7. Howard says:

    I installed the Pixie in my boat and have been pleased with it. It does not have an external temperature probe and is advertised as measureing ambient temperature. The reported temperature is actually the temp inside the unit and is 15 degrees or so higher than actual ambient. This is due to heat generated by the backup battery charger, cellular radio, and other internal electronics inside the Pixie. If you want accurate temperature measurements get the Sprite.
    Siren Marine support has generally been very good, the installation manual needs an update so I had a few questions which were quickly answered. I found the installation to be easy (but note that I am an EE). I am currently monitoring shore power and high bilge level in addition to the house battery voltage and position (Geo Fence) capabilities. I used a bilge float switch from Borel manufacturing which is a very reliable magenetic reed type of switch.
    If you have support questions it is probably best to email Siren, I have had hit or miss results using the web support form.
    There is a capability to alert for excessive bilge pump run time which I have not connected yet. I would really like to see it have a bilge pump cycle counter and the ability to alert if the number of cycles exceed a threshold for a time period. A slowly growing leak will not result in excessive run time but will cause the pump to cycle more frequently, advance warning of this could be valuable. This should be possible with a firmware update.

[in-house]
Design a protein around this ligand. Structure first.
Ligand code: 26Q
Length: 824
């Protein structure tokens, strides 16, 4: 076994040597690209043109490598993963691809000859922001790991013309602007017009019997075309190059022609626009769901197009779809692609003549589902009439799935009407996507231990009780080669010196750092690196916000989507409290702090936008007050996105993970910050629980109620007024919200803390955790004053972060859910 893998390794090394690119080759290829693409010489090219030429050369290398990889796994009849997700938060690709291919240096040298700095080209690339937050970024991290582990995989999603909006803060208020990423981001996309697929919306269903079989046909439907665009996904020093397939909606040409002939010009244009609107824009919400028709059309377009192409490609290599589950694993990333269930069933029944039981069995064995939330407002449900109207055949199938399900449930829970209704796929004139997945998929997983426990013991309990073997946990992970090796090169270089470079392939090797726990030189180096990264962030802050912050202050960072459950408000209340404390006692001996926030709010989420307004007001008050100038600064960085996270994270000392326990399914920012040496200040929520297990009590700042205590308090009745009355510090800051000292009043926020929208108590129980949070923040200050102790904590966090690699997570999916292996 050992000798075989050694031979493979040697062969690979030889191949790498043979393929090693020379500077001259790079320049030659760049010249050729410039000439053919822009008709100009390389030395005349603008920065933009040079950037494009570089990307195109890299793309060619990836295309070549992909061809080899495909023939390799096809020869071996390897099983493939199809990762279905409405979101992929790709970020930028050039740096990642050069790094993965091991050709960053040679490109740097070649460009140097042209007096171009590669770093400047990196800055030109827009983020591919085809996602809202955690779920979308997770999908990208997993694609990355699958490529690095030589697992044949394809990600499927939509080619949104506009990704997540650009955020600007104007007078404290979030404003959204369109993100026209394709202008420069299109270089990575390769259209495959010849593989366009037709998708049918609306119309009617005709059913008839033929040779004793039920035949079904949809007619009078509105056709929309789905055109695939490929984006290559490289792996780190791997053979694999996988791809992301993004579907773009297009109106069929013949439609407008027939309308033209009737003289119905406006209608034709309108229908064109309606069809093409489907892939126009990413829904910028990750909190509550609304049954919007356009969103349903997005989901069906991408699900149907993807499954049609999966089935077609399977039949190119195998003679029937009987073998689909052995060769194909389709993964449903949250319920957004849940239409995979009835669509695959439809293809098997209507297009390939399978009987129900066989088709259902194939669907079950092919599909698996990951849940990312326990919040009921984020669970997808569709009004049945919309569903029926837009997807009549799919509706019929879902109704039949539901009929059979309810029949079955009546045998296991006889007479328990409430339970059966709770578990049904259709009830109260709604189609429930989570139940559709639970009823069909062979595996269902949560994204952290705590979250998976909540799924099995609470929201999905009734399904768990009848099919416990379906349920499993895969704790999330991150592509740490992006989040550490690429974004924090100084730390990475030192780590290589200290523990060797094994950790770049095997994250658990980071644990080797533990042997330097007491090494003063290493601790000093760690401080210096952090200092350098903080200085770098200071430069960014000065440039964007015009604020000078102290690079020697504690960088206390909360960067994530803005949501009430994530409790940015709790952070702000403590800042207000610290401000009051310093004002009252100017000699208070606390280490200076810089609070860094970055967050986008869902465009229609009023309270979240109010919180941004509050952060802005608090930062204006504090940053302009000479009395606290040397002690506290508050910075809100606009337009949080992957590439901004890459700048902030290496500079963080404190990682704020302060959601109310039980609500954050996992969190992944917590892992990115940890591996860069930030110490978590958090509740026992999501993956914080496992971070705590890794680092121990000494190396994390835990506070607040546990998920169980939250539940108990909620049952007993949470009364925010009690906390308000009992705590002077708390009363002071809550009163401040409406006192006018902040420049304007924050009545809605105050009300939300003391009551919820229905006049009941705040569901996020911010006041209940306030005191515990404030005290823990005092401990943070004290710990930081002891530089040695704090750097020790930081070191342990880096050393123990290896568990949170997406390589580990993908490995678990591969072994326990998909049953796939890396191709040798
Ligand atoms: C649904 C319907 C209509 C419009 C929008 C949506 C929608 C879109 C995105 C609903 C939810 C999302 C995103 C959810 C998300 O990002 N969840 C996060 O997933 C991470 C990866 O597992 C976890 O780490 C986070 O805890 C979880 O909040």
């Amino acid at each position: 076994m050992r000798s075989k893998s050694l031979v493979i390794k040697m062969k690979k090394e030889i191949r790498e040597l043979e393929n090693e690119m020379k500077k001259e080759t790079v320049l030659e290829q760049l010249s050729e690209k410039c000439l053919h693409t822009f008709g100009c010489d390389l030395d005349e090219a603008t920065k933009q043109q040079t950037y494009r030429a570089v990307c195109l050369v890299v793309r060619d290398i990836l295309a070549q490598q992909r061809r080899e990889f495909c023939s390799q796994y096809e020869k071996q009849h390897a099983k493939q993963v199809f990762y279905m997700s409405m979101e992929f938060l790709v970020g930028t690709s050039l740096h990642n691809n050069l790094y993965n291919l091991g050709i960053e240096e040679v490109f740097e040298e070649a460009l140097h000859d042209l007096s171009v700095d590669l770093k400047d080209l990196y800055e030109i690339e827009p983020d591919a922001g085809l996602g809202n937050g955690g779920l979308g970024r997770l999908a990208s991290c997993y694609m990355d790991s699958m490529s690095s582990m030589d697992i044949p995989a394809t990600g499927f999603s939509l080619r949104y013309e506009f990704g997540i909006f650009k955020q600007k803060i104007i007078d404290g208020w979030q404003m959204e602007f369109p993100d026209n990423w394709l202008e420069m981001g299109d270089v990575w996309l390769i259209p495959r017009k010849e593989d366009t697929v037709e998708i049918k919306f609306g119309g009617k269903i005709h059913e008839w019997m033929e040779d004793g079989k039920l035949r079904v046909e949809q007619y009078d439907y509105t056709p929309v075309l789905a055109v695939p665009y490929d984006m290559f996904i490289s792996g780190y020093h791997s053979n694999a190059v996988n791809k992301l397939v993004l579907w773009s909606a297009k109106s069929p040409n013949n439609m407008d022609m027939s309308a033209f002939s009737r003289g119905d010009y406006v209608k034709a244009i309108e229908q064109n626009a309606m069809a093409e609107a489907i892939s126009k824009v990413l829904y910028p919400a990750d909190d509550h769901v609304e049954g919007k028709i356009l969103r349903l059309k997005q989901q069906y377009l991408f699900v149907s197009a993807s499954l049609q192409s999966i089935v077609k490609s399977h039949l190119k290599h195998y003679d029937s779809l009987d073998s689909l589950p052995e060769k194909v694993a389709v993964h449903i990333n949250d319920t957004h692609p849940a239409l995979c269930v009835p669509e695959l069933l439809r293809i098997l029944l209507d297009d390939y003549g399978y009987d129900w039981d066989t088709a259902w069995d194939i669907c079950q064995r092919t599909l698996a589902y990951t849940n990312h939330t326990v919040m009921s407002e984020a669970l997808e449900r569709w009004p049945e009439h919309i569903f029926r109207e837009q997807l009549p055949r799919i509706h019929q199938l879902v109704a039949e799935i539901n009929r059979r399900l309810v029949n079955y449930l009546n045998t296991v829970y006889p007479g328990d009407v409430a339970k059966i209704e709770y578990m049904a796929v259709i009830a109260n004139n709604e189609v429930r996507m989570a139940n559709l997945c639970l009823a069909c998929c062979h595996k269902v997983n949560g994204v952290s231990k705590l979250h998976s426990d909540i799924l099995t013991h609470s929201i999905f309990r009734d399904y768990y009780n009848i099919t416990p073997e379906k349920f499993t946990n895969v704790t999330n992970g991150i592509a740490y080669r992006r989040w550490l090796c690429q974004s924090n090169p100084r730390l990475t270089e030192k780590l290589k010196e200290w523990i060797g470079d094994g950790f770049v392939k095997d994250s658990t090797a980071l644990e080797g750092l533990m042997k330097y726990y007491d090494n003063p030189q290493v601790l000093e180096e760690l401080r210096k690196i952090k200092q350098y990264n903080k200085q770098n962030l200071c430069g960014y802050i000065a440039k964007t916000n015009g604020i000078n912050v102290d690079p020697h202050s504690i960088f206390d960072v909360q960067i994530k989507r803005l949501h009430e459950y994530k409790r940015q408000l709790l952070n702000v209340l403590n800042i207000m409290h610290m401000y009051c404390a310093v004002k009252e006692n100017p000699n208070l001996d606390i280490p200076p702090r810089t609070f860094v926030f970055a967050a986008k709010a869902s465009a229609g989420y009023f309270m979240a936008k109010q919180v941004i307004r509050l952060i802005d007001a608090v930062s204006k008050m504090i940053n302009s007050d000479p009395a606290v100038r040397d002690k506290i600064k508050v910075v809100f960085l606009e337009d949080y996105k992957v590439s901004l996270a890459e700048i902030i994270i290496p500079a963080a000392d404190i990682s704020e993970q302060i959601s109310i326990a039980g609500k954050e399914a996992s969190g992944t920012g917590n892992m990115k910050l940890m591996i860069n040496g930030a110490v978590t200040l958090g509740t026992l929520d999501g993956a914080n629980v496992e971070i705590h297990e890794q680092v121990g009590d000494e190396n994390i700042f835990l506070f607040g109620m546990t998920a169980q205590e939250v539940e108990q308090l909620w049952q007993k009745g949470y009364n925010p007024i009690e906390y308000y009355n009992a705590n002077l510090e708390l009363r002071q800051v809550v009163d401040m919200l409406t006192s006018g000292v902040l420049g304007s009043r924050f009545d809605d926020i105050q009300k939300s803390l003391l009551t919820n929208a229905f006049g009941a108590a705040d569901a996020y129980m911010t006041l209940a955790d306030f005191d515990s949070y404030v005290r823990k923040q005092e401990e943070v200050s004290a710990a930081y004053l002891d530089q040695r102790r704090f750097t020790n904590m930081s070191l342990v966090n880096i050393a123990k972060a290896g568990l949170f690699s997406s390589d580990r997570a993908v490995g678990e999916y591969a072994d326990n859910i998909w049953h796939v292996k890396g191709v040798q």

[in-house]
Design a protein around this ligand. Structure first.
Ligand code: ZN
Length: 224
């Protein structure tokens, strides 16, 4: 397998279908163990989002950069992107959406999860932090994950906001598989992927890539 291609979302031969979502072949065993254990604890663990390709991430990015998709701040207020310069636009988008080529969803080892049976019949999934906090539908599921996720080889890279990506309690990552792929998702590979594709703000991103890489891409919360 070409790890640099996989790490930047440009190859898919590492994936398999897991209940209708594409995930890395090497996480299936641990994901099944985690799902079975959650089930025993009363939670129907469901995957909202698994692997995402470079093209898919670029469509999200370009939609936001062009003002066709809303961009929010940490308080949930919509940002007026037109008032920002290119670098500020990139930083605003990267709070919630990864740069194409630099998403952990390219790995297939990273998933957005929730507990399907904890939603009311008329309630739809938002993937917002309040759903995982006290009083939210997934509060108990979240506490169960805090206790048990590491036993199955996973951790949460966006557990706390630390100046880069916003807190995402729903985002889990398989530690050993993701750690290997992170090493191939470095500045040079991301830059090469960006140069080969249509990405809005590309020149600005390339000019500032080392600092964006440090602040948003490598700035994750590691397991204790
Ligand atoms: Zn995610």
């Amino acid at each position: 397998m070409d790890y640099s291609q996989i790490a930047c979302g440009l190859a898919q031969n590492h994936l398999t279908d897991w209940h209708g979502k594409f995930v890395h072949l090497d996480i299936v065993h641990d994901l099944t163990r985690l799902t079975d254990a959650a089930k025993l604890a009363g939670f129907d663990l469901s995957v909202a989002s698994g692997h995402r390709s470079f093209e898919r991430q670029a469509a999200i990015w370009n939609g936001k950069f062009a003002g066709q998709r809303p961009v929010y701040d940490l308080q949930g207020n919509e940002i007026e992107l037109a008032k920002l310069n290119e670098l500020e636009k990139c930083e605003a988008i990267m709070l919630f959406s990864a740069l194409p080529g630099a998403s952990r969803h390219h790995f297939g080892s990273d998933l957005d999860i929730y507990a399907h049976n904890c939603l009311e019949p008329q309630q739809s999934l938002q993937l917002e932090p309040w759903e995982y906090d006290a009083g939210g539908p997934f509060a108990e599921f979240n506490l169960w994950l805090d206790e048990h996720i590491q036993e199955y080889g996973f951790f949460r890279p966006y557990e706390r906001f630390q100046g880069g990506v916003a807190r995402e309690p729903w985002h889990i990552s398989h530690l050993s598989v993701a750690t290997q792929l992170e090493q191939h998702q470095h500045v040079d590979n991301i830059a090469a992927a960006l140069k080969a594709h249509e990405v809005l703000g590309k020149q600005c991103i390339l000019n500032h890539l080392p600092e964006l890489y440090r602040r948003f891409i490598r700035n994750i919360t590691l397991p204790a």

Howard

  8. SteveWardAustin says:

    Ben,
    Always great reading your site.
    This article on monitoring got me thinking. I decided to make my own device that texts me temperature and shore power status. I made it from consumer-available parts for about $100.
    I wrote a blog post about it, in case you or others want to check out the details.
    https://sailingaustin.wordpress.com/2015/01/17/my-boat-is-calling/
    Cheers,
    Steve
    Austin, TX
    https://sailingaustin.wordpress.com/

  9. Brian J. Hodson says:

    I did my installation last year. Originally the Pixie but they let me swap it for the Siren so I could have the more accurate temperature reading from the external probe.
    I have intrusion sensed by both a sensor on the companionway hatch and a dual zone motion/IR sensor that cover the bridge deck area.
    The system monitors the bilge pump and will text if it runs for more than 30 seconds (time can be set). It sends both initial text and a second one when the pump stops.
    I have a separate float switch higher in the bilge and that is also monitored, with a “high bilge” text sent if the water level rises to that level.
    An A/C sensor will cause the system to text on loss, and restoration, of shore power.
    I used the two outputs as well. One is tied to the intrusion sensor and, via relays, power power to both a strobe/siren at the helm area and the cockpit flood lights. The second output allows me to power on/off the cockpit flood lights remotely.
    I am also disappointed in the lack of an Android app, even though the recent newsletter announced it for this month. I do look forward to it, and expect it will be of the same high quality as the rest of Siren a Marine products and service.